This morning, we pick up the journey to Golgatha sometime after midnight on Friday morning. Jesus and the disciples departed from the Upper Room sometime after the final hymn was sung in the Passover celebration. Now there are only 11 disciples around Jesus. Judas Ischariot abandoned the group, while they were still in the Upper Room, to continue his plot to turn Jesus over to the religious authorities. It won’t be long before the remaining 11 will also leave Jesus’ side.

For now, the disciples are with Jesus as they leave Jerusalem and head towards a familiar place. They walk to the Mount of Olives, which was a location of importance for Jesus’ ministry when he was in Jerusalem. Located near the town of Bethany, the Mount of Olives was where Jesus expressed his grief regarding Jerusalem’s plight. It was a place of teaching and where Jesus rested during his time in Jerusalem. Continue reading

A Look at The Upper Room

So much can happen in one day.

Over the course of 24 hours, 1,440 minutes, and thousands more seconds, we can conquer challenges, deal with the responsibilities of life, and experience new opportunities before us. Truly, a lot can happen in one day.

One day can change everything. The course of our lives can change based upon the decisions and actions we take in a given day. Human history can be forever altered based upon certain events that take place in one 24-hour period. One day can be a powerful time where so much can happen.

During this season of Lent, we will take a look at one particular day that did change everything. We are going to look at the final 24 hours of Jesus’ earthly life. Continue reading

We Cannot Stay on the Mountaintop

It was a big moment.

After some time spent together and witnessing amazing acts of healing and teaching, Jesus’ disciples are having an important conversation with Jesus. This wasn’t the usual conversation. Jesus asks his disciples a very direct and personal question: “Who do you say that I am?”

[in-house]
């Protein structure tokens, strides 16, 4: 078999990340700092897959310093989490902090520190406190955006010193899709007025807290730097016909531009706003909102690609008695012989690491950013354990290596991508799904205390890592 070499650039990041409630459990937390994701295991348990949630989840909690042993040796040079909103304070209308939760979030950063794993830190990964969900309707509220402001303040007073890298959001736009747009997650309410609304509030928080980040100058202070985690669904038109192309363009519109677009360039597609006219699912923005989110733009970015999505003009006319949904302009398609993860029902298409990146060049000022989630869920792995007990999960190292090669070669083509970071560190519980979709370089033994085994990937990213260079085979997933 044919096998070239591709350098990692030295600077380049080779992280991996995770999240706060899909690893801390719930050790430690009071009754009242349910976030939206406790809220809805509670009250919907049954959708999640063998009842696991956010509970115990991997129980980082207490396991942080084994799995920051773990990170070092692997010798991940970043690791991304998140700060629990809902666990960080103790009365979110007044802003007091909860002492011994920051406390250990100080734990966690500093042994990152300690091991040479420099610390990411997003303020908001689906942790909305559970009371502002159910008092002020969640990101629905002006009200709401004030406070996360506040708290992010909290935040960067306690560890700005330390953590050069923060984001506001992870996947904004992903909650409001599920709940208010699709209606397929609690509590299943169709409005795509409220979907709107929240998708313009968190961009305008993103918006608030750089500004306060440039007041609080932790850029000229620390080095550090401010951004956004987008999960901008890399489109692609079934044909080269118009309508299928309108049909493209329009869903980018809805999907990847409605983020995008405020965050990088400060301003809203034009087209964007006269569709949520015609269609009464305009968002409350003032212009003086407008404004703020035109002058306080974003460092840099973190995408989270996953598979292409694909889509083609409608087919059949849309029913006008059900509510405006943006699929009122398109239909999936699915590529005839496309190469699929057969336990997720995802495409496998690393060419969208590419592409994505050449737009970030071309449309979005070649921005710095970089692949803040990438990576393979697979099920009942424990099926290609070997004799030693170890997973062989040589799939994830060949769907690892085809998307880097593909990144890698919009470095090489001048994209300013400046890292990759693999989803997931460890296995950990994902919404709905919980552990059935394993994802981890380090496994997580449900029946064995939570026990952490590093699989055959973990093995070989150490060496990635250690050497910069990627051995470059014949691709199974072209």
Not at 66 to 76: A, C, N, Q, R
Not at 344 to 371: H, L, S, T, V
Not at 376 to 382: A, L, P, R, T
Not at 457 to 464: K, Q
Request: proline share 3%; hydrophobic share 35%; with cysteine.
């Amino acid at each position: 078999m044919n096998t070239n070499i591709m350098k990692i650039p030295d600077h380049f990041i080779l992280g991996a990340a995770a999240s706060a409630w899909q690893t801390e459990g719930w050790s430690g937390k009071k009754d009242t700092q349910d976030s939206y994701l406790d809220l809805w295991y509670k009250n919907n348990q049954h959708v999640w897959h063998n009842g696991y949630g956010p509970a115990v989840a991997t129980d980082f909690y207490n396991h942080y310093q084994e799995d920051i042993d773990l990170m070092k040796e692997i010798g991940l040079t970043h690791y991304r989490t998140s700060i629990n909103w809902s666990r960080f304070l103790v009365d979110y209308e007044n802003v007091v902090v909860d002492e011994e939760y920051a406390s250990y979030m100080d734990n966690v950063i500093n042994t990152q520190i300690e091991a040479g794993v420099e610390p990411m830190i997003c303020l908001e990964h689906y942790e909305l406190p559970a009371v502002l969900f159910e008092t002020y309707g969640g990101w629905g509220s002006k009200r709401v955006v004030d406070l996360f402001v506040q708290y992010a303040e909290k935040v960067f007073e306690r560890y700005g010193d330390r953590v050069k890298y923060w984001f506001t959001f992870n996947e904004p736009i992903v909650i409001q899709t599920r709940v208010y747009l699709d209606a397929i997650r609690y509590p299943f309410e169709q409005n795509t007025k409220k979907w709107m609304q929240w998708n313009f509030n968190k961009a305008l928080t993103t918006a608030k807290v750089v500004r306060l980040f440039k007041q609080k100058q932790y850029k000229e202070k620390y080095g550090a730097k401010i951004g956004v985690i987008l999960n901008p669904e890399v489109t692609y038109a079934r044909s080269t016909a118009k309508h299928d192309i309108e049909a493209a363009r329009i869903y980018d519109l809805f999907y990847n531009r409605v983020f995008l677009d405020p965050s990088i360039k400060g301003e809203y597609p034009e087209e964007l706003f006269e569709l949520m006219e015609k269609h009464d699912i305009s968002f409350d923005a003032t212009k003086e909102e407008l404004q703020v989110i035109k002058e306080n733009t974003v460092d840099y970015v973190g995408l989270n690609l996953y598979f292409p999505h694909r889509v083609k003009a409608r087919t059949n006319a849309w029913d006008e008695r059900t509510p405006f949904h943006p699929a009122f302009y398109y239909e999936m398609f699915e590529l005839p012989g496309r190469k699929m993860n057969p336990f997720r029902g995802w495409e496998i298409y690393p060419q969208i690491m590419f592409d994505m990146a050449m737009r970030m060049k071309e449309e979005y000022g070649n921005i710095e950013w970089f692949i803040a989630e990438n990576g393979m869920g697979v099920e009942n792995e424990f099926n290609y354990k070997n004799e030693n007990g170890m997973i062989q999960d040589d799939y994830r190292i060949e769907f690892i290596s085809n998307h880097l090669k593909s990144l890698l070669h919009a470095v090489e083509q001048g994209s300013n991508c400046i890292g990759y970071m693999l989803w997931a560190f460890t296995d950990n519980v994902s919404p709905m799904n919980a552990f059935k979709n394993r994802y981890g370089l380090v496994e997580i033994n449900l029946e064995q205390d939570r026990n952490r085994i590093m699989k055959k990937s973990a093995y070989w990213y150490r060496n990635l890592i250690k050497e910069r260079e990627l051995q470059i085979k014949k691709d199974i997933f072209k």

The question came after Jesus asked them about what the people saw in him. It was Peter who would speak for the entire group, as was the case many times in their three-year journey with Jesus. He announced that Jesus is, in fact, the long-awaited Messiah. The One who would redeem the people and establish God’s kingdom.

This was a big moment for the disciples and Peter. It signified that they were beginning to understand Jesus’ identity and the work he came to do, even if they didn’t understand fully what this meant. Jesus celebrates Peter’s affirmation by saying he would build his church upon his confession. He also takes the opportunity to further explain what his Lordship meant. Jesus said he must go to Jerusalem, be rejected, crucified, and raised to life three days later. Peter refused to hear this, which led to Jesus’ rebuke of Peter standing in the way of Jesus’ movement towards the cross.

Fast forward now six days later. That conversation and moment may still be fresh on the disciples’ minds as they approach Mount Tabor. This is the traditional setting for what Matthew describes for us in Matthew 17:1-9. What takes place is a high moment in Jesus’ ministry, and one that would leave his disciples amazed. Continue reading